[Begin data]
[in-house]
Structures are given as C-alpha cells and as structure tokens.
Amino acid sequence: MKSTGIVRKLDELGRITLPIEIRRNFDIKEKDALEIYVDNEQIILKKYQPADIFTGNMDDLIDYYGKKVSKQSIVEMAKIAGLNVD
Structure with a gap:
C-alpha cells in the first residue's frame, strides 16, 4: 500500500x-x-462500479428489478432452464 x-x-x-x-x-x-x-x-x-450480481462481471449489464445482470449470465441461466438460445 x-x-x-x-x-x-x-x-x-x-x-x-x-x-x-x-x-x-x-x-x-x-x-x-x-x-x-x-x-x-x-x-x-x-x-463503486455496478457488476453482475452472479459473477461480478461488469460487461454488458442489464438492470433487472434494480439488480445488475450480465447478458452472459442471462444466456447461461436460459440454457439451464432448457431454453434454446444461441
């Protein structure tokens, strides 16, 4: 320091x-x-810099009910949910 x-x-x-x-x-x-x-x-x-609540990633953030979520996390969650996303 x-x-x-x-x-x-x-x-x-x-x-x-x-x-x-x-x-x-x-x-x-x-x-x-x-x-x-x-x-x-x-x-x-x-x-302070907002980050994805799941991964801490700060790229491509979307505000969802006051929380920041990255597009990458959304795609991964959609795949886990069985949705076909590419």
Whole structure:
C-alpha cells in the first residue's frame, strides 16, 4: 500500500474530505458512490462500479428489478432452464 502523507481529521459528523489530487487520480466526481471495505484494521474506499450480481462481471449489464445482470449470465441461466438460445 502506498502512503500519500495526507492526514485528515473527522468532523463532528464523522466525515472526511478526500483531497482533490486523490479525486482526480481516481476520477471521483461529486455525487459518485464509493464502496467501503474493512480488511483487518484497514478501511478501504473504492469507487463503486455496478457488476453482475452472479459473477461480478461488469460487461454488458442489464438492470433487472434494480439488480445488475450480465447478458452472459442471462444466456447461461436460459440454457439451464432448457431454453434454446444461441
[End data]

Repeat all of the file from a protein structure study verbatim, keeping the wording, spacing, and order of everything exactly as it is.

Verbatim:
[in-house]
Structures are given as C-alpha cells and as structure tokens.
Amino acid sequence: MKSTGIVRKLDELGRITLPIEIRRNFDIKEKDALEIYVDNEQIILKKYQPADIFTGNMDDLIDYYGKKVSKQSIVEMAKIAGLNVD
Structure with a gap:
C-alpha cells in the first residue's frame, strides 16, 4: 500500500x-x-462500479428489478432452464 x-x-x-x-x-x-x-x-x-450480481462481471449489464445482470449470465441461466438460445 x-x-x-x-x-x-x-x-x-x-x-x-x-x-x-x-x-x-x-x-x-x-x-x-x-x-x-x-x-x-x-x-x-x-x-463503486455496478457488476453482475452472479459473477461480478461488469460487461454488458442489464438492470433487472434494480439488480445488475450480465447478458452472459442471462444466456447461461436460459440454457439451464432448457431454453434454446444461441
């Protein structure tokens, strides 16, 4: 320091x-x-810099009910949910 x-x-x-x-x-x-x-x-x-609540990633953030979520996390969650996303 x-x-x-x-x-x-x-x-x-x-x-x-x-x-x-x-x-x-x-x-x-x-x-x-x-x-x-x-x-x-x-x-x-x-x-302070907002980050994805799941991964801490700060790229491509979307505000969802006051929380920041990255597009990458959304795609991964959609795949886990069985949705076909590419």
Whole structure:
C-alpha cells in the first residue's frame, strides 16, 4: 500500500474530505458512490462500479428489478432452464 502523507481529521459528523489530487487520480466526481471495505484494521474506499450480481462481471449489464445482470449470465441461466438460445 502506498502512503500519500495526507492526514485528515473527522468532523463532528464523522466525515472526511478526500483531497482533490486523490479525486482526480481516481476520477471521483461529486455525487459518485464509493464502496467501503474493512480488511483487518484497514478501511478501504473504492469507487463503486455496478457488476453482475452472479459473477461480478461488469460487461454488458442489464438492470433487472434494480439488480445488475450480465447478458452472459442471462444466456447461461436460459440454457439451464432448457431454453434454446444461441